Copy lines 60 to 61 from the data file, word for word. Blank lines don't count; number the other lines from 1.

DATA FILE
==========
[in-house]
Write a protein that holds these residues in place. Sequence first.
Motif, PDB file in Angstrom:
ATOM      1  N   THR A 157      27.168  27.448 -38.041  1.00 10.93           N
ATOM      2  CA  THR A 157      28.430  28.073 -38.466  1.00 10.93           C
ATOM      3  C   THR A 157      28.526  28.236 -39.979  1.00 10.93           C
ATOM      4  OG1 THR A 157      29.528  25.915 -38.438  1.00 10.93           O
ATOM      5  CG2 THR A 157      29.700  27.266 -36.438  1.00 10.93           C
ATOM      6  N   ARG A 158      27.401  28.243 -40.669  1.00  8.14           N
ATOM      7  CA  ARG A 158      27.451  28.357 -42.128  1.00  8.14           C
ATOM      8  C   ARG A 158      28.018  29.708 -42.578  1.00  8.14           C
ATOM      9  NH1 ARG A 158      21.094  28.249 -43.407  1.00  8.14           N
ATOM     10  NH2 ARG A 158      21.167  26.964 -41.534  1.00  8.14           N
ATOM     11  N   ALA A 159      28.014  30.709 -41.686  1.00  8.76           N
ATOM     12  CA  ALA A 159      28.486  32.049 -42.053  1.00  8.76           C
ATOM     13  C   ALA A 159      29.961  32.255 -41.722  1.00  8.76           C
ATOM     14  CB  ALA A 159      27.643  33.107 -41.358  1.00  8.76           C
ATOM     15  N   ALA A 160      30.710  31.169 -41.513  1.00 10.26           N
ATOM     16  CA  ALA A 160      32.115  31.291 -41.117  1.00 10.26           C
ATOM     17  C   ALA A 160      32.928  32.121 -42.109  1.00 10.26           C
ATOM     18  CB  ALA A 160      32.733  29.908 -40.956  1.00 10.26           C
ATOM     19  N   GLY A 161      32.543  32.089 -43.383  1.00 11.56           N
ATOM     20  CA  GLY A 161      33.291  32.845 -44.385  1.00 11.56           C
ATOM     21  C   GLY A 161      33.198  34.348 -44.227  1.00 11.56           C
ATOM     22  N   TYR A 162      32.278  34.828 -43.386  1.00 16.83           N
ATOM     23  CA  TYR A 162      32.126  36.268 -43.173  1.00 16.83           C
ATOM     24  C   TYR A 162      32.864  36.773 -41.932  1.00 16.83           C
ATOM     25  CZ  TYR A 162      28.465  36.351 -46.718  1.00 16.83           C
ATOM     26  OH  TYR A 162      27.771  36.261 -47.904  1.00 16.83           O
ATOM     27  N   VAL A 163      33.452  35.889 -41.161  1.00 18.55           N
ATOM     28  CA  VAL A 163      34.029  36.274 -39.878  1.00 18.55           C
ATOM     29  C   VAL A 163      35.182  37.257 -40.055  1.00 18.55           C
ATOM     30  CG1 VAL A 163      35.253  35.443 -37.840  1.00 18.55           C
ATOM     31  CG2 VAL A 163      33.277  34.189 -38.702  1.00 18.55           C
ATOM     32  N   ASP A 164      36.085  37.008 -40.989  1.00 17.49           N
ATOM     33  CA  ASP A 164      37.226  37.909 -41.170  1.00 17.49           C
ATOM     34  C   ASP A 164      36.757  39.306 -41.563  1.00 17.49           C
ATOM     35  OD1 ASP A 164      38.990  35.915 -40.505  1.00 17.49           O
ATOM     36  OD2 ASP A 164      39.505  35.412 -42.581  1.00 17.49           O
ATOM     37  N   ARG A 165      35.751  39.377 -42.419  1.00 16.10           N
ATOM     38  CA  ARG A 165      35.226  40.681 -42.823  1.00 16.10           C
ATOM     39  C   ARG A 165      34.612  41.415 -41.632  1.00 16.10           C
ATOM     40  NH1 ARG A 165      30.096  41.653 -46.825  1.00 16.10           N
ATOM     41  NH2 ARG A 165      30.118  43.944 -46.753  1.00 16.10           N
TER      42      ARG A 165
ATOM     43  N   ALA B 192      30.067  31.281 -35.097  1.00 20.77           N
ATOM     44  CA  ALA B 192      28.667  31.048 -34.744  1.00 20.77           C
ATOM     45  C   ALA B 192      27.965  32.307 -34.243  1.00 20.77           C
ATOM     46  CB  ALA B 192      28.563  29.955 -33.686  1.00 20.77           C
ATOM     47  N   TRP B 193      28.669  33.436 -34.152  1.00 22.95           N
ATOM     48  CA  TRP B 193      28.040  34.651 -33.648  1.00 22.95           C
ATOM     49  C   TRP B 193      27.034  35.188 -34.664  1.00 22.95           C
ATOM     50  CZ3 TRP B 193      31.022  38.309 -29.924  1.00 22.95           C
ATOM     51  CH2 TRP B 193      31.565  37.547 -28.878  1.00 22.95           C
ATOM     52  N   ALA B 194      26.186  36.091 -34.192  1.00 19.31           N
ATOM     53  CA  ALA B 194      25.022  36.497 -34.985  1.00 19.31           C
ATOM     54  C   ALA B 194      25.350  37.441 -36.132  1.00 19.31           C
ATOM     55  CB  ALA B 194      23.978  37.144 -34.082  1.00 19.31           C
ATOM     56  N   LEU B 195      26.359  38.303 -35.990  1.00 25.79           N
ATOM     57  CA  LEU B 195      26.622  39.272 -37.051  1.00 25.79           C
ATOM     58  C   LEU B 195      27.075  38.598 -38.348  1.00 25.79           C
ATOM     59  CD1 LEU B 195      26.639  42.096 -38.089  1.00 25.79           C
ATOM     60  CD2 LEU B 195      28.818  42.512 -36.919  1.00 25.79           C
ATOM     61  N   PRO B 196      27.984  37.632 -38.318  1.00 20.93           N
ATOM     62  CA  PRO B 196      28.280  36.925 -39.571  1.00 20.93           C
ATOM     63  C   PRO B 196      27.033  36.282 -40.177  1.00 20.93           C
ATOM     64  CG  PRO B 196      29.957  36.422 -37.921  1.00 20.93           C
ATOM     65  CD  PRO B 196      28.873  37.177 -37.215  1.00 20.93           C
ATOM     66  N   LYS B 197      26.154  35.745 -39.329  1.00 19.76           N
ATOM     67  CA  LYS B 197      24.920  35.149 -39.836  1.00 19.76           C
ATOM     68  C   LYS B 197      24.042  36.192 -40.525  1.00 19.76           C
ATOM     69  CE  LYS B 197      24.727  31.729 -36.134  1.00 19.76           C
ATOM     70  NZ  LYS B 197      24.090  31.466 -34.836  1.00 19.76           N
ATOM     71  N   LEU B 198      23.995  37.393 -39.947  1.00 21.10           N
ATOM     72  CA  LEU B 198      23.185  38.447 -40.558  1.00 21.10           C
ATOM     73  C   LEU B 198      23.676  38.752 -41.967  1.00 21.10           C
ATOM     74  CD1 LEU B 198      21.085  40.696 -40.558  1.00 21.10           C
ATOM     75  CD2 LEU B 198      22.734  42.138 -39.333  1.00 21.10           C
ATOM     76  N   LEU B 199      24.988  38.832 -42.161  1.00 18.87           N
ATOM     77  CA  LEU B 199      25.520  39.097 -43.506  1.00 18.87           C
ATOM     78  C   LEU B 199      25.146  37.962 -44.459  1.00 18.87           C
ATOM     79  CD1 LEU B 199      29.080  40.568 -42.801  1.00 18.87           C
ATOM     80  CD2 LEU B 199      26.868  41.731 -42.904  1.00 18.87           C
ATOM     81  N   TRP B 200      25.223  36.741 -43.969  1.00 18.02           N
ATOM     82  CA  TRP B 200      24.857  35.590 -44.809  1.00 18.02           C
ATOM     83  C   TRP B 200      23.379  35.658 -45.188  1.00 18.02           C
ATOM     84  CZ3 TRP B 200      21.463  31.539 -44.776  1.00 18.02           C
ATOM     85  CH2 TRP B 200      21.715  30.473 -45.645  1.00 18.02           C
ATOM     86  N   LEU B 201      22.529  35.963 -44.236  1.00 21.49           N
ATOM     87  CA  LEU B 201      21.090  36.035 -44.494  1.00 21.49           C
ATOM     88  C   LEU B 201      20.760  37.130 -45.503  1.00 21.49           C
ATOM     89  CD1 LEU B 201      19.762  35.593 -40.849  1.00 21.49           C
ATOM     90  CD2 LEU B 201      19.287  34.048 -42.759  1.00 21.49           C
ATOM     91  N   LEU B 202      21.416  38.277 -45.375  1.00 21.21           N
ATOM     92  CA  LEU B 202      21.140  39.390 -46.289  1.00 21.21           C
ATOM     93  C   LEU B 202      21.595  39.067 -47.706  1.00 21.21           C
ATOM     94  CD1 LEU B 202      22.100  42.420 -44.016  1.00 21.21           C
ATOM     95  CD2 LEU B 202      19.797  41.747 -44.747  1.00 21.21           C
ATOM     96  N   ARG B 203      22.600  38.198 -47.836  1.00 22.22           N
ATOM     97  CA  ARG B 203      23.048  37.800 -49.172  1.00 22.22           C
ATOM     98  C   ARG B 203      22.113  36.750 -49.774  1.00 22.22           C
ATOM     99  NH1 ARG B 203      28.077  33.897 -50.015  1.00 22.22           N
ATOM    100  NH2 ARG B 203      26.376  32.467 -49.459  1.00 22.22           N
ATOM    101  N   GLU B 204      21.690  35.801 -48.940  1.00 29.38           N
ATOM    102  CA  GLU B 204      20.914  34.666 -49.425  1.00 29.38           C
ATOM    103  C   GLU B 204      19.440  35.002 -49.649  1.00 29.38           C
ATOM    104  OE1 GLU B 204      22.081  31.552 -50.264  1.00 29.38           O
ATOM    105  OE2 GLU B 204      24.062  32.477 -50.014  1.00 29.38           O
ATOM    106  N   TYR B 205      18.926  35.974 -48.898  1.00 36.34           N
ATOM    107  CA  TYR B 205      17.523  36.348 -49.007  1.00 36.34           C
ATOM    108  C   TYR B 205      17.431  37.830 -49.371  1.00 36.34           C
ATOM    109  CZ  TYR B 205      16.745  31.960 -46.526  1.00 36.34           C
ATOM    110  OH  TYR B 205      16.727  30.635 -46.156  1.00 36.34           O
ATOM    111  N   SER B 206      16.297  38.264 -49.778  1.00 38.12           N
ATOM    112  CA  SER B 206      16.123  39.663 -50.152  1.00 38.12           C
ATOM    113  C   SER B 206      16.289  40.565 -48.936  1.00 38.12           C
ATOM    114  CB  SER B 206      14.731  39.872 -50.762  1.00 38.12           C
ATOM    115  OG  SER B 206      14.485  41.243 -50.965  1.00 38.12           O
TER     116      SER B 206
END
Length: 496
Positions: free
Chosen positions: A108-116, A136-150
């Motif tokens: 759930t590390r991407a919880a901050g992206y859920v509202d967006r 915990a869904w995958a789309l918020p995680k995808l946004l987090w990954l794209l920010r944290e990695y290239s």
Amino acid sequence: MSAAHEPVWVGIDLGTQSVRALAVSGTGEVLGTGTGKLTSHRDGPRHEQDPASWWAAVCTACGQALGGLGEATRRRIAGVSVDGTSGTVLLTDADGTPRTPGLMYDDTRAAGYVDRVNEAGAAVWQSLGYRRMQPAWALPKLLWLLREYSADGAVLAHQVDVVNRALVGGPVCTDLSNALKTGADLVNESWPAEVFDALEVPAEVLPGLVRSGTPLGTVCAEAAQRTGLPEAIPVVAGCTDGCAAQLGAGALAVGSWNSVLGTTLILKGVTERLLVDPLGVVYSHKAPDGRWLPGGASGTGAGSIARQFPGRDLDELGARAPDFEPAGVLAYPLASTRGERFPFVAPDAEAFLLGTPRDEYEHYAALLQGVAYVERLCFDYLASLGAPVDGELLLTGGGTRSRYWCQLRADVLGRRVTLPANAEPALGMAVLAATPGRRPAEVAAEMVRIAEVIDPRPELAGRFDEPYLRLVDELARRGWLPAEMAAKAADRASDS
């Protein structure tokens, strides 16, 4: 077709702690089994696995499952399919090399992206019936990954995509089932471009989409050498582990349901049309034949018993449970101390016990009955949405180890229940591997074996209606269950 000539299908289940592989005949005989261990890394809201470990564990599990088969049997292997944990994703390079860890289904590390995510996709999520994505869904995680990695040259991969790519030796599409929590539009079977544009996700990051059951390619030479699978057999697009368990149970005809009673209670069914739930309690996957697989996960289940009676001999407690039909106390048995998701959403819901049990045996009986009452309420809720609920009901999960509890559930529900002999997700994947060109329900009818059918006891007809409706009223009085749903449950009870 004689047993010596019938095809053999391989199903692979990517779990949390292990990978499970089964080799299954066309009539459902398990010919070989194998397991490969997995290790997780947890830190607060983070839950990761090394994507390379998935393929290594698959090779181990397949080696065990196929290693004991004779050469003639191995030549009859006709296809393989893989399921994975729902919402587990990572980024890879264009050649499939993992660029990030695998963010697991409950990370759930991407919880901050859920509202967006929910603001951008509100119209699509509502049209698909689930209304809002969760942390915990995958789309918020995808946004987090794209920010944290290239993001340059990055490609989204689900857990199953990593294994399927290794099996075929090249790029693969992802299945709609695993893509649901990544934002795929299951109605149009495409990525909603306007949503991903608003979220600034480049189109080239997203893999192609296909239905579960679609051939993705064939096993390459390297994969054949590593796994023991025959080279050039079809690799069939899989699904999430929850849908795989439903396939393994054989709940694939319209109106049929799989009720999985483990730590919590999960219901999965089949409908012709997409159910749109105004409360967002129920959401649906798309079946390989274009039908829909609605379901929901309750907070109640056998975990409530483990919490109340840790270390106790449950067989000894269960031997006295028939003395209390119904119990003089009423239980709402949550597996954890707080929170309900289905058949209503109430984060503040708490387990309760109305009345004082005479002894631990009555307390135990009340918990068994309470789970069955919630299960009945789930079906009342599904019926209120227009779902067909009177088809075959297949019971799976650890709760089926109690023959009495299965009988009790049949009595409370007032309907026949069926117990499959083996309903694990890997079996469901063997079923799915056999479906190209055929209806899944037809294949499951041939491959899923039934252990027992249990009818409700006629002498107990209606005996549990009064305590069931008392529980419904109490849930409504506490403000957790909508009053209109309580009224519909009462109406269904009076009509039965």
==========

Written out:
ATOM     57  CA  LEU B 195      26.622  39.272 -37.051  1.00 25.79           C
ATOM     58  C   LEU B 195      27.075  38.598 -38.348  1.00 25.79           C